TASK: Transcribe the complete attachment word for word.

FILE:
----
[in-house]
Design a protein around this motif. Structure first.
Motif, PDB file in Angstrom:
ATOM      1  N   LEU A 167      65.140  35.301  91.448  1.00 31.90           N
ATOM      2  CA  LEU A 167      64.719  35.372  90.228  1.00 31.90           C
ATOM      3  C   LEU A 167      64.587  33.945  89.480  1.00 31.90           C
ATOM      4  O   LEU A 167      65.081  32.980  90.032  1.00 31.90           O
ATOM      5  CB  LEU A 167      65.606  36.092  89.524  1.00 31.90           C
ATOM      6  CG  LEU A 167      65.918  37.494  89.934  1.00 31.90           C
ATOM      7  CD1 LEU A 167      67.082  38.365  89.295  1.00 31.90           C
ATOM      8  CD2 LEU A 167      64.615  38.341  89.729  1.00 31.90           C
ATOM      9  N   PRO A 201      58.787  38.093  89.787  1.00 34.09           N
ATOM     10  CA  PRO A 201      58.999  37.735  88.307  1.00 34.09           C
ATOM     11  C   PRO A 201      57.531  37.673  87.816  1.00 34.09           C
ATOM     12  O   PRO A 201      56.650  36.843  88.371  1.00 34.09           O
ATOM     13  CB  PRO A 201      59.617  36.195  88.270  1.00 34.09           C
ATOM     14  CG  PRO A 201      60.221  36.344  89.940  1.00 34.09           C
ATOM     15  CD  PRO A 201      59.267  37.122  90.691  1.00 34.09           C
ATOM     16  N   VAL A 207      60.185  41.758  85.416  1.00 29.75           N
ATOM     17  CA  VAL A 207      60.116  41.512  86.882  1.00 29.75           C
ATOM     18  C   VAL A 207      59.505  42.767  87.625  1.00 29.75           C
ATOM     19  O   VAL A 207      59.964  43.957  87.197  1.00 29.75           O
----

[in-house]
Design a protein around this motif. Structure first.
Motif, PDB file in Angstrom:
ATOM      1  N   LEU A 167      65.140  35.301  91.448  1.00 31.90           N
ATOM      2  CA  LEU A 167      64.719  35.372  90.228  1.00 31.90           C
ATOM      3  C   LEU A 167      64.587  33.945  89.480  1.00 31.90           C
ATOM      4  O   LEU A 167      65.081  32.980  90.032  1.00 31.90           O
ATOM      5  CB  LEU A 167      65.606  36.092  89.524  1.00 31.90           C
ATOM      6  CG  LEU A 167      65.918  37.494  89.934  1.00 31.90           C
ATOM      7  CD1 LEU A 167      67.082  38.365  89.295  1.00 31.90           C
ATOM      8  CD2 LEU A 167      64.615  38.341  89.729  1.00 31.90           C
ATOM      9  N   PRO A 201      58.787  38.093  89.787  1.00 34.09           N
ATOM     10  CA  PRO A 201      58.999  37.735  88.307  1.00 34.09           C
ATOM     11  C   PRO A 201      57.531  37.673  87.816  1.00 34.09           C
ATOM     12  O   PRO A 201      56.650  36.843  88.371  1.00 34.09           O
ATOM     13  CB  PRO A 201      59.617  36.195  88.270  1.00 34.09           C
ATOM     14  CG  PRO A 201      60.221  36.344  89.940  1.00 34.09           C
ATOM     15  CD  PRO A 201      59.267  37.122  90.691  1.00 34.09           C
ATOM     16  N   VAL A 207      60.185  41.758  85.416  1.00 29.75           N
ATOM     17  CA  VAL A 207      60.116  41.512  86.882  1.00 29.75           C
ATOM     18  C   VAL A 207      59.505  42.767  87.625  1.00 29.75           C
ATOM     19  O   VAL A 207      59.964  43.957  87.197  1.00 29.75           O